The Rolling Stones’ 2024 North American Tour…and so much more

by admin  25th Apr 2024 Comments [0]

By Harvey Kubernik


The Rolling Stones will embark on their North America! Stones Tour ‘24 Hackney Diamonds which kicks off on April 28, 2024 in Houston, Texas. The band will be performing in 16 cities across the US and Canada following the success of their chart-topping studio album Hackney Diamonds, which received a Grammy nomination for its lead single “Angry.”

In 1997 I did an interview with Keith Richards where we discussed touring and stage repertoire.

“Once you’re on the stage it’s just some floor boards in spite of it. And you’re not really aware of everything you are seeing. But what really keeps tours going and alive for the band and therefore for the audience I think is to change it and to play the smaller joints indoors. And the small stage with the show.

“It’s necessary to change the scale sometimes. Otherwise, you can really get used to the large thing. And you realize when you’re playing a small gig that you get dynamics back and you can re-translate that back to the big stage.

“In a way, maybe when you write songs without even knowing it, you’re kinda saying, ‘Can I do this live?’ And so, in a way you add that in. You don’t know if it’s gonna work, but I guess you keep in the back of your mind is ‘We’re making a record here. What happens if they all like it and we gotta play it live?’ So, in a way, that maybe in the back of the mind it sets up the song to be playable on stage.”

Guitarist Don Peake, before he was on recording sessions with the Jackson Five, Barry White, Ray Charles, Marvin Gaye, Sonny & Cher, the Monkees, and Phil Spector, first encountered Keith and the Rolling Stones from a1963 Don Arden-produced UK tour he did with the Everly Brothers. Also on the bill were Bo Diddley, Julie Grant, Mickie Most, and the Flintstones.

Don had sat with Keith Richards on many occasions, coaching and showing him instrument tips at various stops on the trek.

“I have picked up as many hints on guitar playing as I can from Don Peake, who is the Everly Brothers guitarist,” volunteered Richards in a 1963 edition of New Musical Express. “He really is a fantastic guitarist, and the great thing about him is that he is always ready to show me a few tricks.”

Today, around his sessions and live gigs, music teacher Peake is on the faculty at the Bridges Academy in Los Angeles, a college prep school.


The Rolling Stones playing surprise set on October 19, 2023 in New York City. (Photo by Kevin Mazur/Getty Images for RS)

“Performing to me is something you’re born with in some ways,” offered Mick Jagger in 2008 at a Santa Monica, California press and media viewing of the Martin Scorsese-directed 2006 Shine A Light concert film of the Rolling Stones performances at the Beacon Theatre.

“You can learn some of it-and you have to-but ultimately, I think that performing urge is within you and the best shows are from people who just naturally take to it. I don’t know where the energy comes from, it’s just there.”

The Rolling Stones and Mercury Studios released The Rolling Stones Live At The Wiltern on DVD + 2CD; Blu-Ray + 2CD, 2CD, 3LP (3 variants: Black, Gold (D2C Exclusive), and Black & Bronze Swirl (Amazon Exclusive) on March 8, 2024.

One of the greatest box-office successes of 2002/2003, 117 shows grossing over $300 million, the Rolling Stones’ Licks World Tour—in support of their 40 Licks compilation—celebrated the band’s 40th anniversary in splendid fashion, highlighted by this intimate November 22 Los Angeles show at The Wiltern. With its 2,000+-seat capacity, it would prove to be a welcome respite from the global stadiums and arenas.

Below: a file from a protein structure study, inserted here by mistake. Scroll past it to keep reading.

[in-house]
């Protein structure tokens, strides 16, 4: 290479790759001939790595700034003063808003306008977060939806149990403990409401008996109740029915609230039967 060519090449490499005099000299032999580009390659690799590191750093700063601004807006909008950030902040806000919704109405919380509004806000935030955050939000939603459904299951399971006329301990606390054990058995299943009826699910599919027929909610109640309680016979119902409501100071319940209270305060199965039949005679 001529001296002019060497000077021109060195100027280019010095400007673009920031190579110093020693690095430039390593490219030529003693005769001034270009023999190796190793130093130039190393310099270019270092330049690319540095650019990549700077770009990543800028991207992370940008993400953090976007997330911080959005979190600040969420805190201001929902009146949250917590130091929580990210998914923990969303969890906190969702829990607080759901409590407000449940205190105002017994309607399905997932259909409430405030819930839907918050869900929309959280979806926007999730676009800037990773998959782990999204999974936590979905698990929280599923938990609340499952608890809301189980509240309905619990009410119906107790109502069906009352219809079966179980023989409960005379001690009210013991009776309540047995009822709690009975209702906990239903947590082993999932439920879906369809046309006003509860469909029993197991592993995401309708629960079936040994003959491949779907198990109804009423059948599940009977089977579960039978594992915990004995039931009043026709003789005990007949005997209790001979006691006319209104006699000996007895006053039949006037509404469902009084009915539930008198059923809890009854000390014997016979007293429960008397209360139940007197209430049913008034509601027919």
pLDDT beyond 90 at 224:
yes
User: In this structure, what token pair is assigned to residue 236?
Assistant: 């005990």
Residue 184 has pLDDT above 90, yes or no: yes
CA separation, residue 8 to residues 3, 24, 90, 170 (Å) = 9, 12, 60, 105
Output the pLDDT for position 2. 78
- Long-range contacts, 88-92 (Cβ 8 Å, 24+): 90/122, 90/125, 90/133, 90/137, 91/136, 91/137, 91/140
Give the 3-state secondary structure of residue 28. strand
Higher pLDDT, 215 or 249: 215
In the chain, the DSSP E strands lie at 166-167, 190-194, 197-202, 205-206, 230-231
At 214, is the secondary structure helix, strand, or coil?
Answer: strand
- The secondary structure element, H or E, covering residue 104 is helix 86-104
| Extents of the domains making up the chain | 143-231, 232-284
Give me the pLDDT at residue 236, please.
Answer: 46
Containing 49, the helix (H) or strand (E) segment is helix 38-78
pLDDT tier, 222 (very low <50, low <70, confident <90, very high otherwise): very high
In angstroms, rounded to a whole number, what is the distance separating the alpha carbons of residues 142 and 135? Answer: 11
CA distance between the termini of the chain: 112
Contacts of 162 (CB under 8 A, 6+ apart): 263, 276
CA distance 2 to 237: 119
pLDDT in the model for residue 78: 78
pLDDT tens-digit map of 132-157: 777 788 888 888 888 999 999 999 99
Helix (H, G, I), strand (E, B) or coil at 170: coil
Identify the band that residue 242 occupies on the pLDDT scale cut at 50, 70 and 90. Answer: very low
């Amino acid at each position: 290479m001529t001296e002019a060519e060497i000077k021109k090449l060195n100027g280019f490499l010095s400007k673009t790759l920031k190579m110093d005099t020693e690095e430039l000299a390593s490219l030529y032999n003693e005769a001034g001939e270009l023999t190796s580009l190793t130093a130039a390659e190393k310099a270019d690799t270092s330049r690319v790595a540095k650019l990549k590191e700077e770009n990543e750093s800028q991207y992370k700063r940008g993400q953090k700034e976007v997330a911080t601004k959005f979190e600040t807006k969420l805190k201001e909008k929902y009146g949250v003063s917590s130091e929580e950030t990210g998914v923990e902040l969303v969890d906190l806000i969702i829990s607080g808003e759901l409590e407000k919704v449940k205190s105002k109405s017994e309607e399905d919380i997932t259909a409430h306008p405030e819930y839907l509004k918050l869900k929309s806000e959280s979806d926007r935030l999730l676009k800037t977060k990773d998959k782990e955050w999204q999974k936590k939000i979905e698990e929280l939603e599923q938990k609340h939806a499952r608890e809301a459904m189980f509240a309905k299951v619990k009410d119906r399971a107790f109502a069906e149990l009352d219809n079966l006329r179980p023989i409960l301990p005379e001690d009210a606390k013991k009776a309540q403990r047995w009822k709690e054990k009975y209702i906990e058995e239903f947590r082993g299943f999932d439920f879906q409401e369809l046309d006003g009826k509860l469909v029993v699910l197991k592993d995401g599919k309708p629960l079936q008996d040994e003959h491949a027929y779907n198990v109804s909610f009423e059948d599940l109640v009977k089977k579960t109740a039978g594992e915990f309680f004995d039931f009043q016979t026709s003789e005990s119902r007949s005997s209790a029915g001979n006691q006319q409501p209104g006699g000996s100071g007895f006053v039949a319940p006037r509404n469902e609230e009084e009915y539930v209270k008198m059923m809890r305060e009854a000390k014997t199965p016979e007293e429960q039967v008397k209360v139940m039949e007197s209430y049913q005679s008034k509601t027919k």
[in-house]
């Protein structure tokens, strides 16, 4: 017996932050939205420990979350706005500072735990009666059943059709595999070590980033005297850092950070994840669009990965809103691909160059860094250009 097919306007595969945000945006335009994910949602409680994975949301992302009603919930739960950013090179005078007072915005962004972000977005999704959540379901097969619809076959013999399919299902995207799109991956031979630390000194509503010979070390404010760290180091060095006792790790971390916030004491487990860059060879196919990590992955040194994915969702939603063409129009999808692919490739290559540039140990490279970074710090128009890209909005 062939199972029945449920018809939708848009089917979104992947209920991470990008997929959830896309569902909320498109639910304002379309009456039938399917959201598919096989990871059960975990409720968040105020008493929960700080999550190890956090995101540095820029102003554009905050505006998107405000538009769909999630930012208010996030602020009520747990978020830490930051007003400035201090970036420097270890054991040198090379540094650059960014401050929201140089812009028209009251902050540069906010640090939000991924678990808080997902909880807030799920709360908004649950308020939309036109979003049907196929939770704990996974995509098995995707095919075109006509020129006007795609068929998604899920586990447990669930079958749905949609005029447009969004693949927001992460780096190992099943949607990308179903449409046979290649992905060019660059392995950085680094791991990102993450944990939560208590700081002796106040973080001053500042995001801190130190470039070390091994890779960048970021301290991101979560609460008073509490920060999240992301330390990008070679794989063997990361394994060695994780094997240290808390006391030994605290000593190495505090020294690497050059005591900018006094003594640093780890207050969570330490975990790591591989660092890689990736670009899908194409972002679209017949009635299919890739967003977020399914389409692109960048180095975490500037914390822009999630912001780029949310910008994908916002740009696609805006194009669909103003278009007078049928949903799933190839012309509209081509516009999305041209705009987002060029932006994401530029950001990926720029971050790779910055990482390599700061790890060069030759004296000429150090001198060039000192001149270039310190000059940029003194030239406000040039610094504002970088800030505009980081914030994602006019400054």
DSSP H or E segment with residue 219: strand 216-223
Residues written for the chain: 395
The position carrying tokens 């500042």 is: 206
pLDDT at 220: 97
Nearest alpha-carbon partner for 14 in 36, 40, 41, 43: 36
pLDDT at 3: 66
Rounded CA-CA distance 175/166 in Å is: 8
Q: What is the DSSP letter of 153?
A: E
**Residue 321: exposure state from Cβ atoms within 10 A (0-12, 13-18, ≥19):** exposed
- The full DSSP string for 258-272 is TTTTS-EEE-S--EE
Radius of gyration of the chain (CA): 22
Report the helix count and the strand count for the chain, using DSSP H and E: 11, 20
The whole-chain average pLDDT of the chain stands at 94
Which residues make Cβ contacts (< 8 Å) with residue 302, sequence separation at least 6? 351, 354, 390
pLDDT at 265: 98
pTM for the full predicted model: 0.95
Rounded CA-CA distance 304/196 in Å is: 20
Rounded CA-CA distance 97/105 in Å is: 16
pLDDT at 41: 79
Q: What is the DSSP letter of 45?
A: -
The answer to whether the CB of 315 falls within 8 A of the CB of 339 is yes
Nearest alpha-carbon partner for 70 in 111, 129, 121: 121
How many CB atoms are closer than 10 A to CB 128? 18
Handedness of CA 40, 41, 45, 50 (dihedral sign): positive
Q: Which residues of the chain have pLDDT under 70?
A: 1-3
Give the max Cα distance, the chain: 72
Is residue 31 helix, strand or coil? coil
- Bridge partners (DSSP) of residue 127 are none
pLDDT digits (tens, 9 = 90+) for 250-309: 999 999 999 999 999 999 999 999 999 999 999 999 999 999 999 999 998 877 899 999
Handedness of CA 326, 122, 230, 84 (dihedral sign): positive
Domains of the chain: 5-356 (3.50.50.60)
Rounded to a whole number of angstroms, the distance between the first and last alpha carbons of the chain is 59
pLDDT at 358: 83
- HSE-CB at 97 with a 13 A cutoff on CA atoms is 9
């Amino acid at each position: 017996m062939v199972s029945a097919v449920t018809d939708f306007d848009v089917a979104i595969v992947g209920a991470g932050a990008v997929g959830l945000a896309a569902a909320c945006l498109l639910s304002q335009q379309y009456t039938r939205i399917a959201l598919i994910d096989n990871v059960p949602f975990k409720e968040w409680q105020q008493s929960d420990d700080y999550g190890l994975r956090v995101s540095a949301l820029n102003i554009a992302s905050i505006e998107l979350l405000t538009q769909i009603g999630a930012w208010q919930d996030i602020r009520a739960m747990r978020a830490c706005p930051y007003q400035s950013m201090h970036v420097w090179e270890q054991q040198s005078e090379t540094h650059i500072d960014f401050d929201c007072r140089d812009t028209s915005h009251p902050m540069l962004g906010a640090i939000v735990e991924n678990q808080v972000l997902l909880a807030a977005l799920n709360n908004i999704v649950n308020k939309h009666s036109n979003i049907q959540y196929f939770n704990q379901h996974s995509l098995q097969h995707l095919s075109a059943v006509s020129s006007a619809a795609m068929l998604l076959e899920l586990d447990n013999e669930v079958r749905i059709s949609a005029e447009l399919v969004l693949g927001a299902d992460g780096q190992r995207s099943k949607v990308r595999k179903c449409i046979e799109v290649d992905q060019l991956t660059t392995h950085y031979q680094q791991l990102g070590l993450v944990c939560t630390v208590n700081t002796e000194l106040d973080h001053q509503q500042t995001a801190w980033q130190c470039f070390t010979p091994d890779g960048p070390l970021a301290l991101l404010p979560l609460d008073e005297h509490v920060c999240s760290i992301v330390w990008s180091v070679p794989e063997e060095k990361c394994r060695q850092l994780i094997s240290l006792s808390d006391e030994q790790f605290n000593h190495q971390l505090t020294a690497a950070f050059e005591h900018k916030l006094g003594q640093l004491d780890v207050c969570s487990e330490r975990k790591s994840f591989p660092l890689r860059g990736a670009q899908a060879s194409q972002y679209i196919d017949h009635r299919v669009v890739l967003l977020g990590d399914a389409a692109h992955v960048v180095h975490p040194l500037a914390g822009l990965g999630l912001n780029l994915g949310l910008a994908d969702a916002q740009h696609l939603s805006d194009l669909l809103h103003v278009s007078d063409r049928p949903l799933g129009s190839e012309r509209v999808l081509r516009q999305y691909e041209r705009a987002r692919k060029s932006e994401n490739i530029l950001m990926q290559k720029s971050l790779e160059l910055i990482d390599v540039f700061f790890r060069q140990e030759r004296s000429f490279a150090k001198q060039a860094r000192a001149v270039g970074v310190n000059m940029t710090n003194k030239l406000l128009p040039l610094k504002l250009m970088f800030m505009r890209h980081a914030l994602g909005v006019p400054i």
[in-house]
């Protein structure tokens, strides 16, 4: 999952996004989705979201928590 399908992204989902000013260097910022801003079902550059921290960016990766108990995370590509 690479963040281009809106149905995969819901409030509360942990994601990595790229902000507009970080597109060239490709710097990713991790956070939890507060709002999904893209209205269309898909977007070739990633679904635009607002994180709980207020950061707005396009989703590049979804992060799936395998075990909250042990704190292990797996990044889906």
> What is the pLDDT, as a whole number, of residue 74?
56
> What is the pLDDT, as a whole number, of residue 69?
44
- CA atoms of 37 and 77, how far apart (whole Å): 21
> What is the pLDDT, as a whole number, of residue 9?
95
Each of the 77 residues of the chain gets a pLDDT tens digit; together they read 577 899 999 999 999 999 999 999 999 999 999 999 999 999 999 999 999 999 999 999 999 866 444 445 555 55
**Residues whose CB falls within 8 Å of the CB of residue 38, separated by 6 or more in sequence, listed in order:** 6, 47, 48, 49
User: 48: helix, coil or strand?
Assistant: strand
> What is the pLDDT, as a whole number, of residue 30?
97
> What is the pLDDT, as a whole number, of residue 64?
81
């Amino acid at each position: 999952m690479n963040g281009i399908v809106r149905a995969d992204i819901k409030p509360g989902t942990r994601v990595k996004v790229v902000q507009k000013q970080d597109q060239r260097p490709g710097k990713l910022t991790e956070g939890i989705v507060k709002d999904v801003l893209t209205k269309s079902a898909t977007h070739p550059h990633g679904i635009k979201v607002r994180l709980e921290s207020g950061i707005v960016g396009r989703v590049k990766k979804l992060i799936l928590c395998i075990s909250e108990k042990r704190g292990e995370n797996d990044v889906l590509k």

I was in attendance, courtesy of Charlie Watts. This was a unique gig when tunes like “Stray Cat Blues,” “No Expectations” and “Everybody Needs Somebody To Love” (complete with the co-author of this 1964 soul classic, Solomon Burke) rocked the venue.


There are additional Stones-centric documentaries, audio reissues and books that are now available.

In May, Magnolia Pictures and SK Global Entertainment will present Catching Fire: The Story of Anita Pallenberg. Directed by Alexis Bloom and Svetlana Zill, with words of Anita Pallenberg read by Scarlett Johansson from Pallenberg’s unpublished memoir. The film comes to theaters and VOD on May 3rd.

Catching Fire: The Story Of Anita Pallenberg is about a woman who was at many points in her life a newspaper headline: Anita Pallenberg was a “rock n’ roll goddess,” a “voodoo priestess,” and an “evil seductress.” She was accused of trying to break up the Rolling Stones, among other things. But those who loved her considered her an exciting cultural force, and a loving mother – and innocent of the accusations.

Never-seen-before home movies and family photographs explore life with the Rolling Stones and tell a bittersweet tale of both triumph and heartbreak. From Barbarella to the Swiss Alps, and the Lower East Side to London, Anita Pallenberg was a fascinating creative force ahead of her time.

“Anita Pallenberg,” emphasized photographer and music journalist Heather Harris, “surpassed her gorgeous European fashion model classification by seeming to be, to all who encountered her, one of the most reckless extroverts to ever stride the planet.”

It’s a terrific documentary about this glorious muse, fashion icon, and actress, who was the co-star of Performance.

Andrew Loog Oldham served as manager and record producer of the Rolling Stones 1963-1967. In July 2023 I queried Andrew about Anita via email.

“Anita joined the group in late ’66. We had come back to the UK, sorta burnt out from four years on a rock ‘n’ pop world tour, and all the recordings. We did one last UK tour with the Ike & Tina Turner Revue. Then the psychedelic period kicked in, the result was Satanic Majesties Request. I left three weeks into that, probably 24 hours before I would have been asked to leave. Allen Klein may have taken over the money, but Anita, and Marianne [Faithfull] to a lesser extent, took over the game. And the game was strong and the band moved successfully to where they stay today.”